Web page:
The FAQ for alt.sexual.abuse.recovery

This is a really old copy of the FAQ which has probably been updated several times since June ’95.

Frequently Asked Questions List for Alt.Sexual.Abuse.Recovery

This is a list of regularly discussed topics on alt.sexual.abuse.recovery (hereafter ASAR), issues relating to healing from abuse and resources you can access on the internet and elsewhere. Suggested ways of posting and general behavior are outlined. ASAR is completely unmoderated and was concived of as a psychological support/recovery newsgroup before the* hierarchy existed.

It is the compiled work of many contributors to ASAR.

1.1) What is ASAR?

As the name suggests, ASAR is a public forum on recovery from all types of sexual abuse, including rape experienced by adults as well as by children. It is frequented by both males and females, and is accessible to everyone, including supporters, health care professionals, perpetrators, and the general public. The cast of readers and authors changes constantly. Recently discussed topics include self-inflicted violence, multiple personalities, confronting/naming perpetrators, dealing with the holidays, explaining oneself to prying members of the general public, self-defense, nightmares, etc.

1.2) Anonymous Posting Services.

For those who are not comfortable enough dealing with their abuse to post using their real name, there are anonymous posting services. These allow you to post to ASAR (or other newsgroups) and send mail to other anonymous people without ever revealing your real address or identity to them.

1.2.1) What is an APS?

An anonymous posting service (APS) is a special piece of software for processing mail sent to special addresses. In general, an APS receives a piece of mail, replaces any identifying information from the mail header with your anonymous identifier, and then posts the anonymized message to Usenet. Some APS’s can also send anonymous mail to other users of that APS. Not all APS’s work the same way. Most have at least minor operational differences from each other. But in general, the above things are true about them.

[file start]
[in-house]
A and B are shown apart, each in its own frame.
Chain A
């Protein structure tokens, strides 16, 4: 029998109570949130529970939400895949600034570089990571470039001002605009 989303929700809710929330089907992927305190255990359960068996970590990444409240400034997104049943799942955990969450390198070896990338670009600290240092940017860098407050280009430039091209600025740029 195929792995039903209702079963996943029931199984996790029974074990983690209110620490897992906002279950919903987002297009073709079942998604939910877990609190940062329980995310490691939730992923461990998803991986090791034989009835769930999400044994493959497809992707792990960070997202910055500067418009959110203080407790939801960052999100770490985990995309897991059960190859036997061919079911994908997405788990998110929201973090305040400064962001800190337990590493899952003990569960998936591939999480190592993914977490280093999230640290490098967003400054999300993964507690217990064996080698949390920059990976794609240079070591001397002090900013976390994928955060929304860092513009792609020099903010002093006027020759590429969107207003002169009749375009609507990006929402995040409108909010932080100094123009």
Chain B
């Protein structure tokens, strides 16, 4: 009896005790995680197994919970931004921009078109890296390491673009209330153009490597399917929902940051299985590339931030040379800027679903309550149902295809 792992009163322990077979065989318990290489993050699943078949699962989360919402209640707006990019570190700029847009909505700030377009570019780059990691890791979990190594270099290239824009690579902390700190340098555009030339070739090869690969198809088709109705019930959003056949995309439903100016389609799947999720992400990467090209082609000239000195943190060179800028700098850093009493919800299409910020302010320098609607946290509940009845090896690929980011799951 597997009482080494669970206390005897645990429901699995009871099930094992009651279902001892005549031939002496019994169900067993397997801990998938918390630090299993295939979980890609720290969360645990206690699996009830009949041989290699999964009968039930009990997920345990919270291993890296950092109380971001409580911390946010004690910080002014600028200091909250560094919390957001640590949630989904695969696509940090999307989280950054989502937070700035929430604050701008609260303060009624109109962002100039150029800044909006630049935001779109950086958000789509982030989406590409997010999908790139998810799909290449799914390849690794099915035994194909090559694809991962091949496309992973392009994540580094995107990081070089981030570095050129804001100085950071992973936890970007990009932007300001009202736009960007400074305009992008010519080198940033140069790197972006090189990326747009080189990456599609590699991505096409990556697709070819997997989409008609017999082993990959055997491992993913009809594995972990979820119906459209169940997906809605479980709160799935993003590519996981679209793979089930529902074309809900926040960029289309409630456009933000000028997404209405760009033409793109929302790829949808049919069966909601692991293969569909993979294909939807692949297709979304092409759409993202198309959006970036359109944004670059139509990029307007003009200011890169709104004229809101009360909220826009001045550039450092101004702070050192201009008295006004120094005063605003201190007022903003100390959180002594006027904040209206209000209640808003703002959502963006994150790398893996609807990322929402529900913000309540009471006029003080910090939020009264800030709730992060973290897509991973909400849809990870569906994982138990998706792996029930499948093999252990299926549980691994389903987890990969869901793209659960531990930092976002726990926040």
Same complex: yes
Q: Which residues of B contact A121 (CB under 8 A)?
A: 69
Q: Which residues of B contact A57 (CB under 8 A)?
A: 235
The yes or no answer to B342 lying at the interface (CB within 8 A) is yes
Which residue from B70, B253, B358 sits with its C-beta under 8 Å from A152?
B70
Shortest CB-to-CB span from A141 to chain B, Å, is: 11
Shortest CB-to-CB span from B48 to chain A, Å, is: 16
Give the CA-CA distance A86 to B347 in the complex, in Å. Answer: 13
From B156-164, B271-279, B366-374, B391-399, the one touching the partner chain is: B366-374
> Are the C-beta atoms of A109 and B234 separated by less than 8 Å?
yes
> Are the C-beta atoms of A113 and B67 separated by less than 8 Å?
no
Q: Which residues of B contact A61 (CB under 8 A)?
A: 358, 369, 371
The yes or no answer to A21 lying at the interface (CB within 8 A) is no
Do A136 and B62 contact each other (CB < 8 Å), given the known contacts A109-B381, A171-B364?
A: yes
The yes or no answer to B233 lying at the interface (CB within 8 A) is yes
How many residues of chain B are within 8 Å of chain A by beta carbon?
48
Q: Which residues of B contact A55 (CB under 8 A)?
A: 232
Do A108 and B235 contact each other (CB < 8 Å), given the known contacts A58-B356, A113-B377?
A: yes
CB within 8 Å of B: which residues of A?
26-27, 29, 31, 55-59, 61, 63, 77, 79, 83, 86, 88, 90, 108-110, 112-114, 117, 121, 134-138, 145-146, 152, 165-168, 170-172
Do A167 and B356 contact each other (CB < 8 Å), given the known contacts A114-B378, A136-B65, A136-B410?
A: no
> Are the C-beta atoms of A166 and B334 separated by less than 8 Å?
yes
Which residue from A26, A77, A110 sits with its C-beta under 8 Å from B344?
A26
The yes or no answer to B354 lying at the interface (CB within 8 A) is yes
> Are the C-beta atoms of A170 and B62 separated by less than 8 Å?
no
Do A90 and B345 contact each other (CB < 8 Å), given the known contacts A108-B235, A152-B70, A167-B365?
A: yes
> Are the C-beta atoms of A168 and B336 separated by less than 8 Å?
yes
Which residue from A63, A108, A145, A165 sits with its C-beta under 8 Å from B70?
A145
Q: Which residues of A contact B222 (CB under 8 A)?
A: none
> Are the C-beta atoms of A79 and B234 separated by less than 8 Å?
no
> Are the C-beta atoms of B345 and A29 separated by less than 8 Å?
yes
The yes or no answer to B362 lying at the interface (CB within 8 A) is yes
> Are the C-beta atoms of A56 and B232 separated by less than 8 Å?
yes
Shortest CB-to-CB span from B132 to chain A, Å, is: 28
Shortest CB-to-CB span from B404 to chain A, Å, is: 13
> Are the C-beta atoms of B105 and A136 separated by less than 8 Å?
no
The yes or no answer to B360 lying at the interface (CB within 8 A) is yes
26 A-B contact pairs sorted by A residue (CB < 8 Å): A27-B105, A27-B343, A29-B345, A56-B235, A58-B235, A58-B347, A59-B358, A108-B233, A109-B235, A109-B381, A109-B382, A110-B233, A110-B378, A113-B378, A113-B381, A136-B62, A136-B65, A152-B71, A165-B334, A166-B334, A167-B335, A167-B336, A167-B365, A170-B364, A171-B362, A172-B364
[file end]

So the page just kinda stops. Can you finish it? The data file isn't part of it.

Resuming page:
1.2.2) How secure is an APS?

A very valid question is “how secure is an APS?” The answer is, ultimately, not 100% secure. For even the best APS’s, there is usually some way for the APS’s administrator or the superuser of that system to find out what real address corresponds with what anonymous address. However, in general people not on the site that the APS runs on have no way of finding this out. Most APS’s have to maintain a list of anonymous id’s and real address pairs, so that when a message comes in, it knows what anonymous name to put in the header for the post to Usenet. All APS’s which provide anonymous mail services have to have such a list because the APS ultimately needs to know what the address of the recipient is. The APS administrator has access to this list, and can read it. The superuser of the system the APS is on can also read this list.

E-mail itself isn’t very secure, either. Anyone with superuser privileges on any machine the mail has to go through to get to the APS could theoretically read the temporary files created by the mail server on their machine while it processes your mail.

In general, one can never protect one’s self from the superuser of a system. However, system administrators are generally honest and respectable people, who have a vested interest in the integrity of their systems. It is rare, although not unheard of, for system administrators to abuse their powers to read people’s e-mail. Everyone must decide for themselves whether or not they can trust their local system administrators, and whether they can trust the people who run the APS they use.

The only way to protect yourself from the insecurities of e-mail is to use an APS which can process some form of encrypted mail. There is at least one APS which does this. Using this feature, however, requires more technical expertise on your end than using a non-encrypted APS.

So the answer is, no APS is completely secure. However, for a well built APS, the APS’s administrator and the superuser of the system would have to go through a lot of trouble to find out what real address corresponds with a particular anonymous ID. So if you are having concerns like that about the people who run the APS you use, you can always switch to using another one.